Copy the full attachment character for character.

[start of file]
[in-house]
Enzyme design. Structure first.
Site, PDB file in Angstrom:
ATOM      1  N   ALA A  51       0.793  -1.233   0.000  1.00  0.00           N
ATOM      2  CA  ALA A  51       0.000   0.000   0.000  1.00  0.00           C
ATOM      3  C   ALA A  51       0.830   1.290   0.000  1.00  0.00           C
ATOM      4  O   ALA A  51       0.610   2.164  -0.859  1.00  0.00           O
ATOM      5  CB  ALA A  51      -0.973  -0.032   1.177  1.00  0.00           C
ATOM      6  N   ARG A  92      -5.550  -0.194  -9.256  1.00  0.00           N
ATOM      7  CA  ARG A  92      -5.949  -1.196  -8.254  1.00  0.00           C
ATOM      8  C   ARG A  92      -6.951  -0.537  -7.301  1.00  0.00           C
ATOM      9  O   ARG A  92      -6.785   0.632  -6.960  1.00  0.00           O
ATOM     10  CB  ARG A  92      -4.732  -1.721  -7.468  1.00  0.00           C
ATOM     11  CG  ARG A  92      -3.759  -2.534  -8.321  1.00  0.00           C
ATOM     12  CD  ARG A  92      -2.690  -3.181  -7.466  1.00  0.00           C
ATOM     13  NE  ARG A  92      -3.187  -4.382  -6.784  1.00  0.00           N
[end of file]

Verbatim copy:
[in-house]
Enzyme design. Structure first.
Site, PDB file in Angstrom:
ATOM      1  N   ALA A  51       0.793  -1.233   0.000  1.00  0.00           N
ATOM      2  CA  ALA A  51       0.000   0.000   0.000  1.00  0.00           C
ATOM      3  C   ALA A  51       0.830   1.290   0.000  1.00  0.00           C
ATOM      4  O   ALA A  51       0.610   2.164  -0.859  1.00  0.00           O
ATOM      5  CB  ALA A  51      -0.973  -0.032   1.177  1.00  0.00           C
ATOM      6  N   ARG A  92      -5.550  -0.194  -9.256  1.00  0.00           N
ATOM      7  CA  ARG A  92      -5.949  -1.196  -8.254  1.00  0.00           C
ATOM      8  C   ARG A  92      -6.951  -0.537  -7.301  1.00  0.00           C
ATOM      9  O   ARG A  92      -6.785   0.632  -6.960  1.00  0.00           O
ATOM     10  CB  ARG A  92      -4.732  -1.721  -7.468  1.00  0.00           C
ATOM     11  CG  ARG A  92      -3.759  -2.534  -8.321  1.00  0.00           C
ATOM     12  CD  ARG A  92      -2.690  -3.181  -7.466  1.00  0.00           C
ATOM     13  NE  ARG A  92      -3.187  -4.382  -6.784  1.00  0.00           N